The United States Geological Survey (USGS) has provided September’s monthly update on the Yellowstone volcano and 71 earthquakes were registered in the area of Yellowstone National Park, which is less than half of the 207 earthquakes reported in August and only slightly less than the 99 earthquakes from July. But although Yellowstone’s caldera continues to shake, scientists say there’s nothing to worry about.
In a related report by the Inquisitr, some doomsday preppers are concerned that a Yellowstone supervolcano eruption in modern times could trigger global cooling and some are already advising people to stock up on winter supplies.
According to the USGS, the current Yellowstone volcano alert level is “normal” and the aviation color code is “green,” indicating that there should not be any expectation of an imminent eruption.
“During September 2014, the University of Utah Seismograph Stations reports 71 earthquakes were located in the Yellowstone National Park (YNP) region. The largest event was a small earthquake of magnitude 3.2 on September 24, at 3:41 AM MDT, located about 9 miles south of Mammoth, YNP. There were no earthquake swarm sequences during the month of September. Yellowstone earthquake activity in September is at low background levels.”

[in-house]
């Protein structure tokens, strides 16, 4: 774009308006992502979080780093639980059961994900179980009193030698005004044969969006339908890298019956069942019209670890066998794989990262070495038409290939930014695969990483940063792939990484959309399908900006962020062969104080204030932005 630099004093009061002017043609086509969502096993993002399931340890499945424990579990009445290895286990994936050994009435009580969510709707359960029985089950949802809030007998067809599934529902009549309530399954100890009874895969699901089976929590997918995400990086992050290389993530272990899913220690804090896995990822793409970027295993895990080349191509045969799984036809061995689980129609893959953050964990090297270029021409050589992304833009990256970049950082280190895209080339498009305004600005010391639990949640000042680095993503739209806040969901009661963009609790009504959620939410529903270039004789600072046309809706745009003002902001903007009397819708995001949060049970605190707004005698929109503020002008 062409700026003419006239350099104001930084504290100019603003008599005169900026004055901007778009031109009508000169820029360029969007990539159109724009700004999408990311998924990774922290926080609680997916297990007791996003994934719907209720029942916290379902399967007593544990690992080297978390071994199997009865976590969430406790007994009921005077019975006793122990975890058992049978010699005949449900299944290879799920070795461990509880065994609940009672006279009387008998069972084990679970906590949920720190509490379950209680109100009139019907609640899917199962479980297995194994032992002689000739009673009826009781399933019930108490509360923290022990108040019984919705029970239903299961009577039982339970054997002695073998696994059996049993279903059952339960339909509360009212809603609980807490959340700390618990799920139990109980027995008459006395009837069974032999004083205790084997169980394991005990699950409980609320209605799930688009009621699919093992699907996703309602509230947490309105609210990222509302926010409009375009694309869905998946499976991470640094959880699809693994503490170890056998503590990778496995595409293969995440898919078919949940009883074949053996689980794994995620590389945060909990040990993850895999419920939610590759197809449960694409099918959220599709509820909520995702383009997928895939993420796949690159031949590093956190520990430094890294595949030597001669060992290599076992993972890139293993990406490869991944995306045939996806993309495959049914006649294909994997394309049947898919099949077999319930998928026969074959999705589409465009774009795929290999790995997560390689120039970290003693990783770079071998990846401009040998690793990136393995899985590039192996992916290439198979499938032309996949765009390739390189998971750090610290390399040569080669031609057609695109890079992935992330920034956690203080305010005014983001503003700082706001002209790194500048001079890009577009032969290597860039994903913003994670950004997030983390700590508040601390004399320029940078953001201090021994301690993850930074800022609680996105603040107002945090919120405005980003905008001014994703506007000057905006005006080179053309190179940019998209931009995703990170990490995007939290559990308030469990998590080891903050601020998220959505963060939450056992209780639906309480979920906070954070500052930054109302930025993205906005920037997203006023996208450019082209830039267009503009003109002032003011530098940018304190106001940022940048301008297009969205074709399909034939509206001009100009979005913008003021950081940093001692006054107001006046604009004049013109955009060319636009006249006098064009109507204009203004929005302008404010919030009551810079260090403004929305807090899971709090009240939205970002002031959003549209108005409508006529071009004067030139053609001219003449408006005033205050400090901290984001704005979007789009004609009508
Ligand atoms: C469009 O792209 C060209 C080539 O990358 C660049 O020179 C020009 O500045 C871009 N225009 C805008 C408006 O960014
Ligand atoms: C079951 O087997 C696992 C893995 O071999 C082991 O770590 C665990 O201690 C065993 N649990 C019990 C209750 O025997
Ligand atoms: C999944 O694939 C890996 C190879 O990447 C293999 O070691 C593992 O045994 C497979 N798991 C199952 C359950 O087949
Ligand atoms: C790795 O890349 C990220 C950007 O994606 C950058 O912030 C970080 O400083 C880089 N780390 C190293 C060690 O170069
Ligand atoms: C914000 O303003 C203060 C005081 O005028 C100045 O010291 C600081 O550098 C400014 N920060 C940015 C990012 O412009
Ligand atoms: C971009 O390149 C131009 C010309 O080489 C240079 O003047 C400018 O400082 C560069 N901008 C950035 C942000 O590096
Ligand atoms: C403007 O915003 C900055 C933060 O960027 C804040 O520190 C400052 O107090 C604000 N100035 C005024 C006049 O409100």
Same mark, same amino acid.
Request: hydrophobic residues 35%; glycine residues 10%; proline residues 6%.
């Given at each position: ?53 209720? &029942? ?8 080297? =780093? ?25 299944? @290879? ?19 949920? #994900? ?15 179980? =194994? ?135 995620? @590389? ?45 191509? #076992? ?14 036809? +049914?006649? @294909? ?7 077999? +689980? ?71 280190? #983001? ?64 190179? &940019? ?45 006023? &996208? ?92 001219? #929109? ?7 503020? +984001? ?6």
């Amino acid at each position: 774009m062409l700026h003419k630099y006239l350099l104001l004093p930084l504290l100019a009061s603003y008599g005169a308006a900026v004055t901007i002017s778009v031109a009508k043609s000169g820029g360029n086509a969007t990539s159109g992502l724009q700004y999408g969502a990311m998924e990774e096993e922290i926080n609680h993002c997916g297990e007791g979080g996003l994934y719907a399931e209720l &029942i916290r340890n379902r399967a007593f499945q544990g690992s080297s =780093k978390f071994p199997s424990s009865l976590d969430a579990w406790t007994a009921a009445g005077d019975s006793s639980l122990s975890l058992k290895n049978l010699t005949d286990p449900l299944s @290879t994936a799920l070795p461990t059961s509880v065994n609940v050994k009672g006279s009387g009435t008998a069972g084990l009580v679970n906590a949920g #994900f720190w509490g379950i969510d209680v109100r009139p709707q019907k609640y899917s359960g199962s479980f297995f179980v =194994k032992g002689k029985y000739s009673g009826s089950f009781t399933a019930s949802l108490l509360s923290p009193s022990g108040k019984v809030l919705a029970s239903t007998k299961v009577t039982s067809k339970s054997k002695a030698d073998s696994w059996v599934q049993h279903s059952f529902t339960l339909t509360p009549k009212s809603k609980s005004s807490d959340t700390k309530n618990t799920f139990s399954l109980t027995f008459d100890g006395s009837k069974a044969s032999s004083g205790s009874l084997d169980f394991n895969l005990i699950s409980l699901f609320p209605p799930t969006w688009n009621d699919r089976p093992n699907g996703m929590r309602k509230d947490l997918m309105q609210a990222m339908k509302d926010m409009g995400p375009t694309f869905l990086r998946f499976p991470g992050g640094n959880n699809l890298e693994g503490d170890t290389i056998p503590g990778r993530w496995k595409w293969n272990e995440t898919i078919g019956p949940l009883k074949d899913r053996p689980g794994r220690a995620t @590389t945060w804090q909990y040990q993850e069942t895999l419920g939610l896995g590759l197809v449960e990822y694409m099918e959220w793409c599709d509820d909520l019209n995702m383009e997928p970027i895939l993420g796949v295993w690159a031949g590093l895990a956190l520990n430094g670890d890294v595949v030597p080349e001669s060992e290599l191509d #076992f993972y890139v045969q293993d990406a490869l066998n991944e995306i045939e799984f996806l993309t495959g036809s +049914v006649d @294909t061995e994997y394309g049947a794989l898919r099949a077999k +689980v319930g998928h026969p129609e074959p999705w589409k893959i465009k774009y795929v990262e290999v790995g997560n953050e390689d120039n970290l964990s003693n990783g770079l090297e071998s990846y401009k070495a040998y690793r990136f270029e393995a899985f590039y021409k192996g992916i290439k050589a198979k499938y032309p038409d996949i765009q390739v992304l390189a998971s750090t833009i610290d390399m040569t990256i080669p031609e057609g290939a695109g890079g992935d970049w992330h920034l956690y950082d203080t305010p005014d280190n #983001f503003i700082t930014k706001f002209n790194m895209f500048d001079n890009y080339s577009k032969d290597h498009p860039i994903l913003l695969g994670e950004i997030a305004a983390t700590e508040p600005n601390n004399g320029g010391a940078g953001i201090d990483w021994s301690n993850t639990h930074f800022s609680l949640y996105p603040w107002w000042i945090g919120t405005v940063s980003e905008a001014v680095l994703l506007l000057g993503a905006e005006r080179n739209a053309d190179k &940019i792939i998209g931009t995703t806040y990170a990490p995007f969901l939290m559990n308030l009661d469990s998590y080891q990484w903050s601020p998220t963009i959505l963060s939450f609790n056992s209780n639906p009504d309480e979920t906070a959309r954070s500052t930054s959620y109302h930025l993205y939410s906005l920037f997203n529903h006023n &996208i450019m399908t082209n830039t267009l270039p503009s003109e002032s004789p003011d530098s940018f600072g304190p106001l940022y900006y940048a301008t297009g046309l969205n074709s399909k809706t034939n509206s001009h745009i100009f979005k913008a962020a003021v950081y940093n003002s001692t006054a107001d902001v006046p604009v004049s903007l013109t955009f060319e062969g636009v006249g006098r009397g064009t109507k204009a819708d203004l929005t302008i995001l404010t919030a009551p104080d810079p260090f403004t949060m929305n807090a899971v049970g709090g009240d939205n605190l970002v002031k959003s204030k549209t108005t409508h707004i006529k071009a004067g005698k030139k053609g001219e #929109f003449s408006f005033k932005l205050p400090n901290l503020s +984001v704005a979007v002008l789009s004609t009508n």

As comparison, the largest Yellowstone earthquake in the past 30 years registered as a 4.8 magnitude on the richter scale. Despite this event occurring in April of 2014, U.S. Geological Survey scientist Peter Cervelli says the earthquake was unremarkable.
“Sometimes the most important thing we do is tell people when the volcano is not erupting. Really, it’s kind of what we expected,” he said. “Like the stock market, (the deformation) cannot just keep going. And eventually what we find is that it went down, and it went down really abruptly.”
According to the Associated Press, Cervelli also noted that ground sensors at Norris Geyser Basin were showing movement over the past year.
“This really caught my attention because of something else that happened right around that time, which was the eruption of Steamboat Geyser for the first time since 2005,” Cervelli said. “In spite of the fact that I was really mesmerized by this coincidence in time, in retrospect it turned out it probably doesn’t have anything to do — that is the Steamboat eruption is probably totally independent from this other observation.”
This ground deformation was also noted in the latest report from the USGS.
“Deformation in north-central Yellowstone continues, although the subsidence rate at the NRWY GPS station has slowed considerably. The total subsidence now comes close to matching the amount of uplift that had occurred previous to April 2014.”